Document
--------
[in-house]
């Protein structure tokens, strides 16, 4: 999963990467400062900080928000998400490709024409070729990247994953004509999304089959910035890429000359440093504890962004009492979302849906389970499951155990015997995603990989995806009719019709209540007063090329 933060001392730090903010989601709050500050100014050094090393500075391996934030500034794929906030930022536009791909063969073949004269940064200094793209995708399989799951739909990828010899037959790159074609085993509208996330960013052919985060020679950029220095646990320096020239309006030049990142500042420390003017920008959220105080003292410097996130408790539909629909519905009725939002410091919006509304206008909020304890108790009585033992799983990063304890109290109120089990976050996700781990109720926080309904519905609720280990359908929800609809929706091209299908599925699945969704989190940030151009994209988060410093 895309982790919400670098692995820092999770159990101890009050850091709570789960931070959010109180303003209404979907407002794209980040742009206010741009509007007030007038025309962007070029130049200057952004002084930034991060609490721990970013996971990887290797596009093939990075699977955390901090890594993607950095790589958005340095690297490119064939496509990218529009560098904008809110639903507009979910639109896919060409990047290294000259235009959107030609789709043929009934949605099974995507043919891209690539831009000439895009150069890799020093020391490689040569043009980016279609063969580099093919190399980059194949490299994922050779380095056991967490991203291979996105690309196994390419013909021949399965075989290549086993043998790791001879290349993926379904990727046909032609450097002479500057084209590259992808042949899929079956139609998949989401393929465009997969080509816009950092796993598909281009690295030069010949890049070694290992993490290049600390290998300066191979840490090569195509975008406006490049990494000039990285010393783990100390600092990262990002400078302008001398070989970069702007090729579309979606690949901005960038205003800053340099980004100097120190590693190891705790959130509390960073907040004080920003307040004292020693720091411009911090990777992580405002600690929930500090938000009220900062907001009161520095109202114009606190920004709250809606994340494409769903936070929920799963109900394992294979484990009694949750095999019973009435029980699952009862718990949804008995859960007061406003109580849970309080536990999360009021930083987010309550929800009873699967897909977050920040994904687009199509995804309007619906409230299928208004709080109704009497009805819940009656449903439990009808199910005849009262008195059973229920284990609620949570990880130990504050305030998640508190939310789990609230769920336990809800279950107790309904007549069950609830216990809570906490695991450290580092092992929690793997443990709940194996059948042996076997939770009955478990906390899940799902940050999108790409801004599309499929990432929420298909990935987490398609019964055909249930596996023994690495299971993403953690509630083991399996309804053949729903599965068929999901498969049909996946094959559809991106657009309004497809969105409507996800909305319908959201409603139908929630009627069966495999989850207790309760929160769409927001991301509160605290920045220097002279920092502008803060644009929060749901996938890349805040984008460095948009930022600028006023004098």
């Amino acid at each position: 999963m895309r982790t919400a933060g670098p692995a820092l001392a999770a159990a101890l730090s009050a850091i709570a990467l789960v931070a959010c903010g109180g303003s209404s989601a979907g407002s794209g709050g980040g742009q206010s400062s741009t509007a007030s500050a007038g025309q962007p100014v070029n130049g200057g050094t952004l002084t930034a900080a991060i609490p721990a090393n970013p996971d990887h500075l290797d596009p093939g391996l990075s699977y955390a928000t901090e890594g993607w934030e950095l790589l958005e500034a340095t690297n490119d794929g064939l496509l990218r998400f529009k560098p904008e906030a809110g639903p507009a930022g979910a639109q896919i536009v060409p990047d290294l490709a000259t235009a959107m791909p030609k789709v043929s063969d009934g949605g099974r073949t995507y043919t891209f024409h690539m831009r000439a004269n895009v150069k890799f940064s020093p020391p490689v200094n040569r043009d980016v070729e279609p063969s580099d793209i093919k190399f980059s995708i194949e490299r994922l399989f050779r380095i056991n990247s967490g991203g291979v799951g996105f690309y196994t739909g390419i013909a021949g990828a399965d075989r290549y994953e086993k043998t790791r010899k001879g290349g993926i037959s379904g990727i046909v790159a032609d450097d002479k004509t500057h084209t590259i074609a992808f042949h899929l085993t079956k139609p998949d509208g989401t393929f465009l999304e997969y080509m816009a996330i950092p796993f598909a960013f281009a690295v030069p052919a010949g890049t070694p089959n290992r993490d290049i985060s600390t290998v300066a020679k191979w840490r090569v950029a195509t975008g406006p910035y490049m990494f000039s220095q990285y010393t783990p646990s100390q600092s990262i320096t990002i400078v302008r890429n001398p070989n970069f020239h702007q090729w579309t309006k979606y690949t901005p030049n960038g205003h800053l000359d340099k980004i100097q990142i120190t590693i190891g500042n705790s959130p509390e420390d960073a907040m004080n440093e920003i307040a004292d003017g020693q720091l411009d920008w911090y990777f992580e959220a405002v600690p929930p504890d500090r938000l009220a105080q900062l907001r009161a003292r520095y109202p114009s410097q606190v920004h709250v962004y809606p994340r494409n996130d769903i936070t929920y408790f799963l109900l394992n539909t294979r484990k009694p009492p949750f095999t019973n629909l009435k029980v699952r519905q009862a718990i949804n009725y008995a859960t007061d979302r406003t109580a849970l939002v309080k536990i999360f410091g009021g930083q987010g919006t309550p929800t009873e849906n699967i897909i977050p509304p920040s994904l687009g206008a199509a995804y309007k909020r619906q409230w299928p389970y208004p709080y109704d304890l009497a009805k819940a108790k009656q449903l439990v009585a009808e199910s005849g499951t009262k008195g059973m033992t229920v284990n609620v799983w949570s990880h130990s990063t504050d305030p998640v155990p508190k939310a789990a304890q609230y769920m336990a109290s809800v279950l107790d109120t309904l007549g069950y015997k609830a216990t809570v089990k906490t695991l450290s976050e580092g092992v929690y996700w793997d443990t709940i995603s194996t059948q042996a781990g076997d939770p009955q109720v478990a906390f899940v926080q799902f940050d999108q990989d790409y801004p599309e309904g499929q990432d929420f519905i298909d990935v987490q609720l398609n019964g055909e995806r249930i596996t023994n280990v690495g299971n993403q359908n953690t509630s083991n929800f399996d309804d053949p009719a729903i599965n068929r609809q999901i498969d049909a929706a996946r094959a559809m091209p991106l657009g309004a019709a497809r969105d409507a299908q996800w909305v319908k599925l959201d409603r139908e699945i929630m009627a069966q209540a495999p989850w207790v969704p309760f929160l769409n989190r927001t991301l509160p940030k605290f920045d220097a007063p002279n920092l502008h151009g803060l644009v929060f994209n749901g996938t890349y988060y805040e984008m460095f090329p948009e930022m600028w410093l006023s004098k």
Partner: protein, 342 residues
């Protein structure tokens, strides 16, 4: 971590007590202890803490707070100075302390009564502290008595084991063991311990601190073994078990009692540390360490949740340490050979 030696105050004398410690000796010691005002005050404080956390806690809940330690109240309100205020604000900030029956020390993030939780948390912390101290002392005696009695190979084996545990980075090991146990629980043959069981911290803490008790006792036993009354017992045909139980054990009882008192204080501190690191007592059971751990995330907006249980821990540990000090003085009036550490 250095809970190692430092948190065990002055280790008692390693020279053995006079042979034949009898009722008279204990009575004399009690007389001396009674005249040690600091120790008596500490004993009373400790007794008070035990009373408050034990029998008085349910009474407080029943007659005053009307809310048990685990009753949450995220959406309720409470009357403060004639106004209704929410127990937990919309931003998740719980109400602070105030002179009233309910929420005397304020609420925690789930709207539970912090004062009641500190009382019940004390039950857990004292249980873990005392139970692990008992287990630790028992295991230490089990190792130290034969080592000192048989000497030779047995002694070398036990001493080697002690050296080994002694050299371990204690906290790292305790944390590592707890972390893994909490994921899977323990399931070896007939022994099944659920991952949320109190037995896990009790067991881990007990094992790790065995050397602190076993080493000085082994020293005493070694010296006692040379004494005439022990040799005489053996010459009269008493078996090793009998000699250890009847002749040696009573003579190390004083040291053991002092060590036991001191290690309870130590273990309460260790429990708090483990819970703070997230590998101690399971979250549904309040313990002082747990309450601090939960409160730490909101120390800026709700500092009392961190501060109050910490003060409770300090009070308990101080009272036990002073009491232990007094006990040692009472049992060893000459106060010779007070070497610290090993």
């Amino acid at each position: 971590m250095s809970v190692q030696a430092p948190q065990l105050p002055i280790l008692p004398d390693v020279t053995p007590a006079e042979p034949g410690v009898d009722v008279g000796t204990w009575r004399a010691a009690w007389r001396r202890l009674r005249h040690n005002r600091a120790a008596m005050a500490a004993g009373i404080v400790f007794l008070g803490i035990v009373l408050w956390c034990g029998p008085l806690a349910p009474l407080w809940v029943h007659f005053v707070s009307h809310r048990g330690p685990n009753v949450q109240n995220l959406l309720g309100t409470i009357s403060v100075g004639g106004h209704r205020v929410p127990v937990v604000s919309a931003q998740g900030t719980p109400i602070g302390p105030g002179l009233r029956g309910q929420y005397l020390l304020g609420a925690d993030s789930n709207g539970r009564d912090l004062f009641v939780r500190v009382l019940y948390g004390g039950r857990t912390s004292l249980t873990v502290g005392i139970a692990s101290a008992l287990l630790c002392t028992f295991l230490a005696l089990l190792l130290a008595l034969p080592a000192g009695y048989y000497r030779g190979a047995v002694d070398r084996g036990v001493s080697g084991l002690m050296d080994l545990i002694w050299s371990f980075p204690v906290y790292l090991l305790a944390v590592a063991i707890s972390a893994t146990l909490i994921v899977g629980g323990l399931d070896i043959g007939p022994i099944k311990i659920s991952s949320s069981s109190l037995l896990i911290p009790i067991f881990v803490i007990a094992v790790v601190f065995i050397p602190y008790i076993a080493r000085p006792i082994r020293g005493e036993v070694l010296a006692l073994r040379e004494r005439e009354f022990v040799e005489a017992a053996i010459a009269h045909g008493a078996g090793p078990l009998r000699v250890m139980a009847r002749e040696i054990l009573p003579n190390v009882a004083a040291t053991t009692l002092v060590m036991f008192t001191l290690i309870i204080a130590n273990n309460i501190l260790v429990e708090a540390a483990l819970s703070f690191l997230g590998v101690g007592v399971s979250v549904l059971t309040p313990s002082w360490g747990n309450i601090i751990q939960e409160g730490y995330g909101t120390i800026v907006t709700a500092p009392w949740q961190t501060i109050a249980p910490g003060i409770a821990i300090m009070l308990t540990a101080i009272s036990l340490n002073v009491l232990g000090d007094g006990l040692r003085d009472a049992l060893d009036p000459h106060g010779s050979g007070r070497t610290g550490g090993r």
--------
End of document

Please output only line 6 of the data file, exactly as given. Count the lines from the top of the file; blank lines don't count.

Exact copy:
């Amino acid at each position: 971590m250095s809970v190692q030696a430092p948190q065990l105050p002055i280790l008692p004398d390693v020279t053995p007590a006079e042979p034949g410690v009898d009722v008279g000796t204990w009575r004399a010691a009690w007389r001396r202890l009674r005249h040690n005002r600091a120790a008596m005050a500490a004993g009373i404080v400790f007794l008070g803490i035990v009373l408050w956390c034990g029998p008085l806690a349910p009474l407080w809940v029943h007659f005053v707070s009307h809310r048990g330690p685990n009753v949450q109240n995220l959406l309720g309100t409470i009357s403060v100075g004639g106004h209704r205020v929410p127990v937990v604000s919309a931003q998740g900030t719980p109400i602070g302390p105030g002179l009233r029956g309910q929420y005397l020390l304020g609420a925690d993030s789930n709207g539970r009564d912090l004062f009641v939780r500190v009382l019940y948390g004390g039950r857990t912390s004292l249980t873990v502290g005392i139970a692990s101290a008992l287990l630790c002392t028992f295991l230490a005696l089990l190792l130290a008595l034969p080592a000192g009695y048989y000497r030779g190979a047995v002694d070398r084996g036990v001493s080697g084991l002690m050296d080994l545990i002694w050299s371990f980075p204690v906290y790292l090991l305790a944390v590592a063991i707890s972390a893994t146990l909490i994921v899977g629980g323990l399931d070896i043959g007939p022994i099944k311990i659920s991952s949320s069981s109190l037995l896990i911290p009790i067991f881990v803490i007990a094992v790790v601190f065995i050397p602190y008790i076993a080493r000085p006792i082994r020293g005493e036993v070694l010296a006692l073994r040379e004494r005439e009354f022990v040799e005489a017992a053996i010459a009269h045909g008493a078996g090793p078990l009998r000699v250890m139980a009847r002749e040696i054990l009573p003579n190390v009882a004083a040291t053991t009692l002092v060590m036991f008192t001191l290690i309870i204080a130590n273990n309460i501190l260790v429990e708090a540390a483990l819970s703070f690191l997230g590998v101690g007592v399971s979250v549904l059971t309040p313990s002082w360490g747990n309450i601090i751990q939960e409160g730490y995330g909101t120390i800026v907006t709700a500092p009392w949740q961190t501060i109050a249980p910490g003060i409770a821990i300090m009070l308990t540990a101080i009272s036990l340490n002073v009491l232990g000090d007094g006990l040692r003085d009472a049992l060893d009036p000459h106060g010779s050979g007070r070497t610290g550490g090993r």